To exile oneself from every earthly country.
—Simone Weil, Decreation
A dummy’s silence is the most soothing silence of all, and his stillness is the perfect stillness of the unborn.
—Thomas Ligotti, Dr. Voke and Mr. Leech
Is it possible not only to erase one’s self – one’s ego, but to erase one’s entire existence ‘as if’ it had never been; as if the accumulated history, the stain of one’s existence on earth had never occurred?
Thomas Ligotti in the first tale of his series of tales within tales IN A FOREIGN TOWN, IN A FOREIGN LAND: HIS SHADOW SHALL RISE TO A HIGHER HOUSE will offer such a strange theory through a self-professed doctor, Klatt, upon a man who not only died but erased his burial site and its very existence:
‘What Ascrobius sought,’ the doctor explained, ‘was not a remedy for his physical disease, not a cure in any usual sense of the word. What he sought was an absolute annulment, not only of his disease but of his entire existence. On rare occasions he even spoke to me,’ the doctor said, ‘about the uncreation of his whole life.’1
All of this started when the said Ascrobius, a recluse and physically grotesque denizen of the northern town on the border of an ill-defined country took ill and died. His body buried outside the town in a graveyard on a hill among former citizens has suddenly vanished along with any signs that it ever existed. Klatt against the unwritten rules of the locals has been ‘meddling’ in anecdotal gossip as to what might have transpired. And upon revealing to the tale teller and others a new bit of information about the details of Ascrobius’s demise he has now implicated all of them in this meddling which will be termed the “Ascrobius’ Escapade”.
As Klatt tells it: ‘You see what has happened,’ Dr Klatt said to us. ‘He has annulled his diseased and nightmarish existence, leaving us with an uncreated grave on our hands.’
After revealing such a meddlesome affair and implicating many of its members the entire town entered into gossip to the point of hysteria, coming to the conclusion that such an unnatural affair could not go without judgement: “Someone would have to atone for that uncreated existence…”.
Well, as expected, our minister of gossip, Klatt offers a solution to the whole affair: a young and unintelligent specimen will need to be sacrificed to the uncreated malevolence that seems to have overtaken the town’s normal lunacy. So a young woman from one Mrs. Glimm’s tavern is sent to the graveyard on the hill at midnight in the cover of complete darkness. Well, one can imagine what transpires, the young woman is found the next day by a nosy and curious group of sober citizens at the very site of the uncreated grave, her body skinned alive and her torso set up as a gravestone. At such horror the citizens demand that she be given a proper burial, but Mrs. Glimm more intelligent than she appears tells them this might not be a good idea and that they should leave things as is. So nothing is done. And, in a few days, the whole affair is forgotten, the terrors of the uncreated gone, and the citizenry back to their normal lives (if you can call it normal!).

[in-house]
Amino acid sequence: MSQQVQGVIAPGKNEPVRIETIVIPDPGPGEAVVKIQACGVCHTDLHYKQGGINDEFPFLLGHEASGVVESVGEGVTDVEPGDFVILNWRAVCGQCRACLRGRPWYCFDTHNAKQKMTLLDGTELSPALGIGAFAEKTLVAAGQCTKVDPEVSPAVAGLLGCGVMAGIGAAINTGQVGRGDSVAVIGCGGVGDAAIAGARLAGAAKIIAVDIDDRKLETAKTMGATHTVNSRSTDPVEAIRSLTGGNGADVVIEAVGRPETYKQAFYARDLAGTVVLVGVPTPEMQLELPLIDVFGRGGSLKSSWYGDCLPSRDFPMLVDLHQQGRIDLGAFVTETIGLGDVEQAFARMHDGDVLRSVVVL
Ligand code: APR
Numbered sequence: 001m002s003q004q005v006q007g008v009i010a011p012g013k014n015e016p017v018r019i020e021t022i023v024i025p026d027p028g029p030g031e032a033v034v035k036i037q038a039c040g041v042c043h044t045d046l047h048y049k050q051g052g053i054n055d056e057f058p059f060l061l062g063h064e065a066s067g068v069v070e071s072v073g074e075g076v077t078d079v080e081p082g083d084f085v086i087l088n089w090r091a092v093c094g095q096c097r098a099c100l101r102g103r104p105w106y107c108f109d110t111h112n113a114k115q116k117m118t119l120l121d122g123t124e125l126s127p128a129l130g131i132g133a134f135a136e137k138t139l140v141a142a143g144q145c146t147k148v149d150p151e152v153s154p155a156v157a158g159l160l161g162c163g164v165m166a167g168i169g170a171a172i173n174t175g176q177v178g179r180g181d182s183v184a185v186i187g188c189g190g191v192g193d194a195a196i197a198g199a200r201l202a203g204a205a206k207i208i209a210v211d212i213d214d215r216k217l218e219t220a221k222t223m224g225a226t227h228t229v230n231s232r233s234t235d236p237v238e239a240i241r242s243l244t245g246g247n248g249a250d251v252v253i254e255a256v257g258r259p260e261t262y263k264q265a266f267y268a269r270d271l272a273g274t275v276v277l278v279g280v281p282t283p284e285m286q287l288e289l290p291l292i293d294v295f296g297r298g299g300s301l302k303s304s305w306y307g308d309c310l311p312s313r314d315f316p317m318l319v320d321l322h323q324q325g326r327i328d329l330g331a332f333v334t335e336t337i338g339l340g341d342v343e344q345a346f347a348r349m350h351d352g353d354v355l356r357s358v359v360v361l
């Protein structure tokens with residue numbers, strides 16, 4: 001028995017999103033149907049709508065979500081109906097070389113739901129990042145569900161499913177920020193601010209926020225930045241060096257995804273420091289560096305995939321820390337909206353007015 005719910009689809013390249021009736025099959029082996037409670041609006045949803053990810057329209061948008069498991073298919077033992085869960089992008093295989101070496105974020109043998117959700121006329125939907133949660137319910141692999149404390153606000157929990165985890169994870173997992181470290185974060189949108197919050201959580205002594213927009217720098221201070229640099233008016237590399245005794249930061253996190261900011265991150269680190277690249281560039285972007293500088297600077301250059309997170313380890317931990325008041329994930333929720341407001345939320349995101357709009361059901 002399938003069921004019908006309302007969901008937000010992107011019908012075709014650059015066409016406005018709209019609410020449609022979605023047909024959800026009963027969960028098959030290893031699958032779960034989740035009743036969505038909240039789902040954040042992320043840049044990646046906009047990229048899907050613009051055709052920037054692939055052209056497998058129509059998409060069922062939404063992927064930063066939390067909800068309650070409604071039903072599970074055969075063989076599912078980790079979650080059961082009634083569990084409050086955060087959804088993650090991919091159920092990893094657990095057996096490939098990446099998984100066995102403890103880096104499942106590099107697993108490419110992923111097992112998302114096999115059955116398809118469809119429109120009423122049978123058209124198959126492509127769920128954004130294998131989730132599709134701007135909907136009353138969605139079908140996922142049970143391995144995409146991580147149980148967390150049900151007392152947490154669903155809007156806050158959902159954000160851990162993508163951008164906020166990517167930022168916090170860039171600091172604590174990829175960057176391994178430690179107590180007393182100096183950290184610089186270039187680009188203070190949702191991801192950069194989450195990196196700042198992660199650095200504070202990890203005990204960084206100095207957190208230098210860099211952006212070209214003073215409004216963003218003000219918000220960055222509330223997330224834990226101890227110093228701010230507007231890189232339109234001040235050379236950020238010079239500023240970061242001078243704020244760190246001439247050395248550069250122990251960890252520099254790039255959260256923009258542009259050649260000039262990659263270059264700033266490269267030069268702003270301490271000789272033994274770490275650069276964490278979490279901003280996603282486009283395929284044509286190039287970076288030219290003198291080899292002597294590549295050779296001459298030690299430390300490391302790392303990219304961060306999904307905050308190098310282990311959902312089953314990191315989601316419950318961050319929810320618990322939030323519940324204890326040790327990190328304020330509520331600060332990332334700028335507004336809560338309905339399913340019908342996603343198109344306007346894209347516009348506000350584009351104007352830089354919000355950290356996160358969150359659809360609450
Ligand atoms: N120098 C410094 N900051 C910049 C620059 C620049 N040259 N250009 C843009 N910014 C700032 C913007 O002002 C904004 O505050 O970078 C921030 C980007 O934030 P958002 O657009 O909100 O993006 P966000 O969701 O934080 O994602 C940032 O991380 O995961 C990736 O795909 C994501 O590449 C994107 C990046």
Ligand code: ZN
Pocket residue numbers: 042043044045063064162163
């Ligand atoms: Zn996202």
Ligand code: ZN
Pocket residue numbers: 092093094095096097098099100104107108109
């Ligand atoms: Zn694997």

But this is not the end of the tale. No. After a few weeks it is discovered that Klatt has gone missing, and that a new resident has taken up living in the former house of Ascrobius. But as our anonymous storyteller informs us,
Afterward all speculation about what had come to be known as the ‘resurrection of the uncreated’ remained in the realm of twilight talk. Yet as I now lie in my bed, listening to the wind and the scraping of bare branches on the roof just above me, I cannot help remaining wide awake with visions of that deformed specter of Ascrobius and pondering upon what unimaginable planes of contemplation it dreams of another act of uncreation, a new and far-reaching effort of great power and more certain permanence. Nor do I welcome the thought that one day someone may notice that a particular house appears to be missing, or absent, from the place it once occupied along the backstreet of a town near the northern border.
Thomas Ligotti in The Conspiracy against the Human Race states his notions concerning the concept of the “uncreated” saying,
For pessimists, life is something that should not be, which means that what they believe should be is the absence of life, nothing, non-being, the emptiness of the uncreated. Anyone who speaks up for life as something that irrefutably should be— that we would not be better off unborn, extinct, or forever lazing in nonexistence— is an optimist. It is all or nothing; one is in or one is out, abstractly speaking. Practically speaking, we have been a race of optimists since the nascency of human consciousness and lean like mad toward the favorable pole.2